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Staff Reviews

Plasencia Alma del Campo Staff Review

Shane K. K's picture

Shane K.

Today I’m smoking a small-batch cigar from a family who has undoubtedly made cigars you’ve smoked before, even if you haven’t smoked this one: Plasencia Alma del Campo. I’m smoking a 6.5-by-54 box-pressed Toro called the Travesia. Alma del Campo translates to “soul of the country” or “soul of the field.”

The Plasencia family has been growing tobacco for generations, and they produce several cigars for big brands, including Romeo y Julieta, Rocky Patel, and Alec Bradley, on an extensive network of farms and factories in Nicaragua and Honduras. In 2016, the Plasencias debuted their signature line of cigars, and Alma del Campo came out in 2017.

Alma del Campo is drawn from a milk-chocolate-hued Nicaraguan wrapper leaf over Criollo-seed Nicaraguan binder and filler tobaccos that the Plasencias grow and age themselves. My fellow connoisseurs, Zack D. and Tommie O., recently reviewed the 1865 Alma Fuerte and Alma del Fuego blends. Let’s see how Alma del Campo measures up.

Plasencia-branded cigars are more expensive than the blends the family produces for other companies, an indication that they’re working with their rarest and most prized tobaccos. The Alma del Campo line sells for around $15-20 per cigar, and the cigars are packaged in elegant, brown 10-count boxes stamped with a large “P” logo on the top. The cigars are visually attractive and consistent when I crack the lid on a fresh box.

The soft box-pressed Travesia exhibits perfect density from head to foot. When I clip the cap and extract a few cold draws, Alma del Campo imparts promising flavor. Notes of sweet cedar, leather, and fresh bread mingle with hints of raisin. After sliding the white band off the foot and toasting the cigar, silky streams of smoke emerge, and the blend commences in a smooth profile of pepper and wood.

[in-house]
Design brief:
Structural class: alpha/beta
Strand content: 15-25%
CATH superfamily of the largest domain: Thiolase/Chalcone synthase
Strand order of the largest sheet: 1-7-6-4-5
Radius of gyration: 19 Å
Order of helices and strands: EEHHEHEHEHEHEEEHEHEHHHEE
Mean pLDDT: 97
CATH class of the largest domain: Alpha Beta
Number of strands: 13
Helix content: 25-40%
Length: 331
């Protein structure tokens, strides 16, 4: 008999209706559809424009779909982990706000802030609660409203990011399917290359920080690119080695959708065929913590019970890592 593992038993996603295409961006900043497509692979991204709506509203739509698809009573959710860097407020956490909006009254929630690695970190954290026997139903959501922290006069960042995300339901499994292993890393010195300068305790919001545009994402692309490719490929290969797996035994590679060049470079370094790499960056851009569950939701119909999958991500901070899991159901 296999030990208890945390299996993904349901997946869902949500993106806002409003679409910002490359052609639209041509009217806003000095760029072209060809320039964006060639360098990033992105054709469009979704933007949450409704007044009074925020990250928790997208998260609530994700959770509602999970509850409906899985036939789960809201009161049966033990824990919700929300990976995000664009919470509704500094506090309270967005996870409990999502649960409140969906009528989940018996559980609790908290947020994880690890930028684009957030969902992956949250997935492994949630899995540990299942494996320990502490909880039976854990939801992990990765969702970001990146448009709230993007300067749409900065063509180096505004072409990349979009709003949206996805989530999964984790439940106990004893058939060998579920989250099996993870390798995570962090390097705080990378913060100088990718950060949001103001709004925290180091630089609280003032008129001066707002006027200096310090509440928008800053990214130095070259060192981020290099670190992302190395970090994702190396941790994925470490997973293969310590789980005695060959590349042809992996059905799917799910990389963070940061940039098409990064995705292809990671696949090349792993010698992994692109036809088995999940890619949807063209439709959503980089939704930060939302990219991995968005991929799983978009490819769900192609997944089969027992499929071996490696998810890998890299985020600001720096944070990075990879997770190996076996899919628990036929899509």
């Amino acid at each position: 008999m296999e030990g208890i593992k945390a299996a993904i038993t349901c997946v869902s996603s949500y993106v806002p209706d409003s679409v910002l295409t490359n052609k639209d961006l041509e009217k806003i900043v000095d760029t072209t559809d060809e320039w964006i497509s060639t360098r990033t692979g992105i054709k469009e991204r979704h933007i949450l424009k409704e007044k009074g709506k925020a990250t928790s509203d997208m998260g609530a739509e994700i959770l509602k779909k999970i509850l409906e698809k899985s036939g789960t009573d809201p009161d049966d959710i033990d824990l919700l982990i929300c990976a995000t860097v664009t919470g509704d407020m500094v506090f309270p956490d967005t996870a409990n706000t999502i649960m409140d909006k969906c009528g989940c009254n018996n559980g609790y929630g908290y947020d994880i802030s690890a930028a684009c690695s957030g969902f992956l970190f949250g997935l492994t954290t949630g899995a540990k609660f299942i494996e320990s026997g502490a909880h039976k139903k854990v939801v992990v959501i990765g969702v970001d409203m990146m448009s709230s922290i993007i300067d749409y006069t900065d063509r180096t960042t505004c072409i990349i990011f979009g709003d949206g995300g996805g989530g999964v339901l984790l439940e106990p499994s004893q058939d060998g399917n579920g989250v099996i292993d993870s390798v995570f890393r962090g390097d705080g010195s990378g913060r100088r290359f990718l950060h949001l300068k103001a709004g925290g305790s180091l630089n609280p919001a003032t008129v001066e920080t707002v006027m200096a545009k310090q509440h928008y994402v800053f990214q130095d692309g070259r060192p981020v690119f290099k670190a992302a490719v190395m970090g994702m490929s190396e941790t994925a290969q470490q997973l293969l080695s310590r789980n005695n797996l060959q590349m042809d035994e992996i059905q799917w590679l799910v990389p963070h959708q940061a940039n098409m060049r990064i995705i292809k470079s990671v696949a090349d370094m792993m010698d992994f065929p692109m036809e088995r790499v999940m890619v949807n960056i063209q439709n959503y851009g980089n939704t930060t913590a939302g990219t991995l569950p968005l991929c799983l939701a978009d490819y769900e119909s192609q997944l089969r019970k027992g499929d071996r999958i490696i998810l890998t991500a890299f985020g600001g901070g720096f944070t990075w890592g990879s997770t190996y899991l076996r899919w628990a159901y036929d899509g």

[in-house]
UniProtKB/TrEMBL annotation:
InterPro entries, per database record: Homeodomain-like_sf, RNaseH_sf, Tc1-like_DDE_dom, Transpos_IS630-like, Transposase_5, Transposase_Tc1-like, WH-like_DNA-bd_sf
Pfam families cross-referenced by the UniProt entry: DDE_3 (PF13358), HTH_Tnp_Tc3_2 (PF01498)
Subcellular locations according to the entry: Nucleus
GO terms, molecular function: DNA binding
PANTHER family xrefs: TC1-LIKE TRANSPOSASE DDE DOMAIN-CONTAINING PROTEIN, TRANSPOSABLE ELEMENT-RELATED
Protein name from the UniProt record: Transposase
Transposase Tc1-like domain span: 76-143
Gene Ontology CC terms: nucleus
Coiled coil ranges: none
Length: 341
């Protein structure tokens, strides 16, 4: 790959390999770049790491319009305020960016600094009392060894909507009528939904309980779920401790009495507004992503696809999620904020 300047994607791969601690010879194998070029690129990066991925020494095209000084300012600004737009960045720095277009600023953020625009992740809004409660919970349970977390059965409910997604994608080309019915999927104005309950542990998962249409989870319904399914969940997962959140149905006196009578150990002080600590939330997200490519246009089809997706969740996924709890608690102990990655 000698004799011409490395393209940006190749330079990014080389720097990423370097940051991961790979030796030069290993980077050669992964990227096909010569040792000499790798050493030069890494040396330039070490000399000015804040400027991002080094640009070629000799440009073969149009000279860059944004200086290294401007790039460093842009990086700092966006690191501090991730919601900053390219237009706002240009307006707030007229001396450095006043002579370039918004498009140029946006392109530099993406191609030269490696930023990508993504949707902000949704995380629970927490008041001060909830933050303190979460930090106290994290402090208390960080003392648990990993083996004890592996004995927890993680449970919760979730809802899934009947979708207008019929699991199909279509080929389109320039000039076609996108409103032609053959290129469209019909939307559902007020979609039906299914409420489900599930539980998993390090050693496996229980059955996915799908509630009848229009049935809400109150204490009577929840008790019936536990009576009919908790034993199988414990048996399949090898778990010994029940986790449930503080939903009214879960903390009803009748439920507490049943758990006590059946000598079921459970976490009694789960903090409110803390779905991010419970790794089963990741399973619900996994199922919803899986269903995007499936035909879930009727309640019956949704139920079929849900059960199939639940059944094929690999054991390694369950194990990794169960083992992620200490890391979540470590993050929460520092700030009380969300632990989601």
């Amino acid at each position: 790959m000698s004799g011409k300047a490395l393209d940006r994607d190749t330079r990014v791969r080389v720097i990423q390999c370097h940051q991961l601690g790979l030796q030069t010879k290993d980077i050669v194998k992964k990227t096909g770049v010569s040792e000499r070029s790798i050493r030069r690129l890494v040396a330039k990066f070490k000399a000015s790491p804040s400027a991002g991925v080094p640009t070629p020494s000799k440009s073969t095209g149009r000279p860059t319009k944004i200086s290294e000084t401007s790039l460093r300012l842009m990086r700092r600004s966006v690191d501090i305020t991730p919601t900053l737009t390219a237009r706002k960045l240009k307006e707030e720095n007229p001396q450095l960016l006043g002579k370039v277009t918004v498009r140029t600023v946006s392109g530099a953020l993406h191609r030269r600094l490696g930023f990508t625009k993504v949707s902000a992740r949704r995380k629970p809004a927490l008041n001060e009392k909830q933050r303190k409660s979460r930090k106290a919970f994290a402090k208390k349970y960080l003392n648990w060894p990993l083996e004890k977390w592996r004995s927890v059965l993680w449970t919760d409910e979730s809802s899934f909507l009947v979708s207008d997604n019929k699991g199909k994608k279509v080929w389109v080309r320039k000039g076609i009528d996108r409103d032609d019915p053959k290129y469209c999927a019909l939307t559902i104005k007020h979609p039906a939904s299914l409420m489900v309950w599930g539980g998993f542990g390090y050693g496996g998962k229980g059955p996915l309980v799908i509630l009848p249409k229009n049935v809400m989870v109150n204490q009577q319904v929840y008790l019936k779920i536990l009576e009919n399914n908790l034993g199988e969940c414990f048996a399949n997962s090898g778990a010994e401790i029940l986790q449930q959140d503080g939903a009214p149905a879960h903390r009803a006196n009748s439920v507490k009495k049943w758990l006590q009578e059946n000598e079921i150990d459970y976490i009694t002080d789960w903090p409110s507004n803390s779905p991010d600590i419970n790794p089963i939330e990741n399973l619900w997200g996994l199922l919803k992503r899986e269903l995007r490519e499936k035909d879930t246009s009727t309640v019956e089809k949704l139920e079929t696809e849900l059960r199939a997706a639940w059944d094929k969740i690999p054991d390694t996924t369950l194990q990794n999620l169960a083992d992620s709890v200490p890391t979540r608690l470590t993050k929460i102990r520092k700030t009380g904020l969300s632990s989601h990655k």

Alma del Campo develops with a creamy texture. Nutty nuances underly the cigar’s bready character with notes of hay and grass and a mineral component that is just a touch bitter. The draw is exquisite, as I would expect from a cigar at this price point, and a firm, white-and-gray ash forms as the binder, filler, and wrapper tobaccos burn in perfect step with one another.

As the Travesia unfolds into the second half, hints of caramel and cedar shuffle in and out, adding balance. Alma del Campo is medium-bodied and deceptively stronger than its light-brown wrapper would suggest. It’s not an especially peppery cigar, but spicy notes persist in the background with a swooning bitterness that is interruptive to the cigar’s warmer, sweeter qualities.

After roughly an hour of smoking, Alma del Campo culminates in a luscious, smoky finish of leather, cedar, and coffee bean. The Travesia is an approachable smoke, but I recommend it after a meal. I believe the Plasencias show much potential in their eponymous portfolio, and Alma del Campo is a solid addition. My only hangup is the intermittent but fleeting bitterness the cigar exhibited, considering the price. However, I believe pairing an Alma del Campo with a well-aged bourbon could reconcile the effect. Smoke it yourself and put Plasencia on the radar when you’re exploring today’s best Nicaraguan cigars.


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